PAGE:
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-   -   Saute? Fry? What's the difference? (http://www.discusscooking.com/forums/f17/saute-fry-whats-the-difference-83963.html)

taxlady 01-23-2013 12:05 PM

Saute? Fry? What's the difference?
 
What do you consider is the difference between frying and sauteing?

Rocklobster 01-23-2013 12:11 PM

I consider sauteing as cooking things on med high heat, stirring or moving the ingredients around, usually in preparation to add more stuff to incorporate everything into one dish.
I consider frying as a method to cook something then take it out of the oil or butter and eat it like that, usually on high(ish) heat. Usually promoting some kind of browning or crisping, Like an egg or piece of meat, etc....
But, then again, what do I know??:p

mmyap 01-23-2013 12:12 PM

I always thought it was the amount of fat used and the temperature was higher if you were frying. Interesting question. I wonder how far off he mark I am. =o)

roadfix 01-23-2013 12:14 PM

I always thought it was just a fancy term for frying.

pacanis 01-23-2013 12:55 PM

Quote:

Originally Posted by taxlady (Post 1231937)
What do you consider is the difference between frying and sauteing?

One you can use EVOO and the other you can't.
:rofl:

I'm pretty sure they are either interchangeable or overlap some... possibly a lot. At least to me. Sauteed foods I may tend to move around more in the pan more.

GLC 01-23-2013 12:57 PM

The difference is the source of heat working on the food.

I think of saute as cooking something using primarily the direct heat of the pan in contact with the food, any fat that is used being present to lubricate the pan, since it usually refers to smaller pieces of food that will be moved about and would otherwise tend to stick.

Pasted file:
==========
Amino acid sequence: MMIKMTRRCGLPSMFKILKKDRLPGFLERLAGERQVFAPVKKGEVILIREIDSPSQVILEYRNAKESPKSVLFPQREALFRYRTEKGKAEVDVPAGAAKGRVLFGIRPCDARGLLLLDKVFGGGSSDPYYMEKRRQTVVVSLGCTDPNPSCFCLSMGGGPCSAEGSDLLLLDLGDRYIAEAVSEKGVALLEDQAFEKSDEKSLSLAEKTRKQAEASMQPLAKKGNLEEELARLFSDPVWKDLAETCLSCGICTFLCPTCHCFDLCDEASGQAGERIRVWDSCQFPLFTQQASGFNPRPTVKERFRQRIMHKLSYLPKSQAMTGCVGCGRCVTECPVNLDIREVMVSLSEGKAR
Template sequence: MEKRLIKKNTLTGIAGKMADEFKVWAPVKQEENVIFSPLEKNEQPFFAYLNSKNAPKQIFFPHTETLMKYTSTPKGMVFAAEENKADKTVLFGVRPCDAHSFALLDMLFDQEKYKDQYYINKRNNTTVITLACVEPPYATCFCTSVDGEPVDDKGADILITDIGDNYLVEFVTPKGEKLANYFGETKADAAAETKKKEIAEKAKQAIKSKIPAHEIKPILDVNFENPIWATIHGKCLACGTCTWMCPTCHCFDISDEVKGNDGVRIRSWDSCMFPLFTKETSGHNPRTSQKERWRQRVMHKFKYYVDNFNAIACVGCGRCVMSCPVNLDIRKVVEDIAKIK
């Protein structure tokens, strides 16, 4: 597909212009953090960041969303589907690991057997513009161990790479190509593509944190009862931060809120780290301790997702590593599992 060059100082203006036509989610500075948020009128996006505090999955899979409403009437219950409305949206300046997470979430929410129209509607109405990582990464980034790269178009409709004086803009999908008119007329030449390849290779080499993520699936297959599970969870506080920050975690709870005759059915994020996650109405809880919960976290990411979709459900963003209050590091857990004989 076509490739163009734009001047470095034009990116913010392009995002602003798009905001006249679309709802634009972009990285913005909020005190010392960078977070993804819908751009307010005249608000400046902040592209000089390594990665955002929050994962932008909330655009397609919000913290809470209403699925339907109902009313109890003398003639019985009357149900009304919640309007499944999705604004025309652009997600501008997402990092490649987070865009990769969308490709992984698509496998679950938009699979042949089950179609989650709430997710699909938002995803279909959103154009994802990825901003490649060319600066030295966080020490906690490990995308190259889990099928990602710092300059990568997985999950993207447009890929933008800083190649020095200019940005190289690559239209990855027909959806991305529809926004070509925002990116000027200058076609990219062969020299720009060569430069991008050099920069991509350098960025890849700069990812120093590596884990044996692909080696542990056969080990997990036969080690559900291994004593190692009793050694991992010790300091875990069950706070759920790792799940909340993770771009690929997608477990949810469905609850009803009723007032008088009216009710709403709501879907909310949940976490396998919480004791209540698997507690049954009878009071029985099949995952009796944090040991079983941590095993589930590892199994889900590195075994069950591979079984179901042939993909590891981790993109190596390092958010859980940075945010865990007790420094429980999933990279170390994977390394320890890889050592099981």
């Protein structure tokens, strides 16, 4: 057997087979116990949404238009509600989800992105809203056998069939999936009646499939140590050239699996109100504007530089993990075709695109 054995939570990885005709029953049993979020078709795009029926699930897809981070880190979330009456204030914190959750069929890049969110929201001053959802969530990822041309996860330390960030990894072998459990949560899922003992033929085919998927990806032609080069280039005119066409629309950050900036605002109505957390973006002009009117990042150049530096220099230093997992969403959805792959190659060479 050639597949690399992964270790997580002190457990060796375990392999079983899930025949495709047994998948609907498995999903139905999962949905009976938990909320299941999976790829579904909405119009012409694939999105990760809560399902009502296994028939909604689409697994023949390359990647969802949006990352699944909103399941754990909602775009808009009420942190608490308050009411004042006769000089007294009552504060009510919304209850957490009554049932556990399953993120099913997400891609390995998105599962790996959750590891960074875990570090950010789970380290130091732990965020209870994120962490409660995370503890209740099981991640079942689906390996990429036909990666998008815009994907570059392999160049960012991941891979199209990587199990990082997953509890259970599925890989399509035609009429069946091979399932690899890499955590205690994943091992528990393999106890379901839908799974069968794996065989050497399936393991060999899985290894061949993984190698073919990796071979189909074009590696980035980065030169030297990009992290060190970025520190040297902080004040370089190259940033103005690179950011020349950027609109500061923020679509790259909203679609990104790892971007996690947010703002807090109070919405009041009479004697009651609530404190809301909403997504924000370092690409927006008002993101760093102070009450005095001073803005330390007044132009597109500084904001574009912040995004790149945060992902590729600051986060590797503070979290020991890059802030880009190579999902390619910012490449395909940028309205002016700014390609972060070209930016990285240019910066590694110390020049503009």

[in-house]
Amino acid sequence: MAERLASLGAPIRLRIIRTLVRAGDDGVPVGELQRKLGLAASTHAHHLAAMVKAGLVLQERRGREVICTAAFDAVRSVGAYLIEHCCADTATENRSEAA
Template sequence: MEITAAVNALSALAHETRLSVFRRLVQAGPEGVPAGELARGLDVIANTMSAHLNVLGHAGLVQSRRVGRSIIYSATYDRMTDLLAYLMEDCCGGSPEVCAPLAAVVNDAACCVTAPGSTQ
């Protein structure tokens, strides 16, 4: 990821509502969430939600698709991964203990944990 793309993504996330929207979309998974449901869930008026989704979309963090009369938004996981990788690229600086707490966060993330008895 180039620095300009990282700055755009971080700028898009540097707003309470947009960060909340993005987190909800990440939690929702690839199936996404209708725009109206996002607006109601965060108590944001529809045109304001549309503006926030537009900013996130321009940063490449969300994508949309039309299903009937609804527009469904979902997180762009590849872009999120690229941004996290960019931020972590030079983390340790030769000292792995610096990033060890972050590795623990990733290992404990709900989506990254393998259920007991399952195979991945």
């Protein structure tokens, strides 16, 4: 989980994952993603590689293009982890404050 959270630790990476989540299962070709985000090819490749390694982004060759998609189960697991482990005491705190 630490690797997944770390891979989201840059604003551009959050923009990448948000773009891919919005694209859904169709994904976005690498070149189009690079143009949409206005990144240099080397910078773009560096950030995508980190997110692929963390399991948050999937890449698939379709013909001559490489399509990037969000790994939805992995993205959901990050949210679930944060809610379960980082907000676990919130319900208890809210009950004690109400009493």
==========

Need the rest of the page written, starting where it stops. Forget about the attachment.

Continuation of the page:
Frying, then, is cooking by contact with hot fat, essentially a high heat alternative to boiling, those temperatures being impossible with water.

The terms are sometimes blurred. A "fried" steak is usually actually sauteed, rather than cooked by immersion in hot oil. Bacon, however, cooking in a pan, is truly fried, since it quickly generates the fat that does the cooking. And I think it will always be "fried" egg, remembering that classic fried eggs are cooked in considerably more fat than you often see today.

Kayelle 01-23-2013 01:08 PM

At first I thought it was the amount of fat, but you "fry an egg" and "saute sliced mushrooms" in the same amount of fat. Maybe it's moving the food around for saute? One would never say I'm going to saute an egg. Hmmm, just one more thing to confuse me. Thanks a bunch Taxi. :glare::wink:

justplainbill 01-23-2013 01:10 PM

For us the difference is well over $100 between the cost of our 6 quart saute pan and our 14" frying pan.

Oldvine 01-23-2013 01:29 PM

I usually think of sauteing when I'm going to end up with some sauce around little pieces like mushrooms or onions. If I'm frying something, I think it's going to end up sort of, hopefully, with some crispy areas.

Andy M. 01-23-2013 01:37 PM

Quote:

Originally Posted by GLC (Post 1231946)
The difference is the source of heat working on the food.

I think of saute as cooking something using primarily the direct heat of the pan in contact with the food, any fat that is used being present to lubricate the pan, since it usually refers to smaller pieces of food that will be moved about and would otherwise tend to stick.

Frying, then, is cooking by contact with hot fat, essentially a high heat alternative to boiling, those temperatures being impossible with water...

This is my understanding of the difference.


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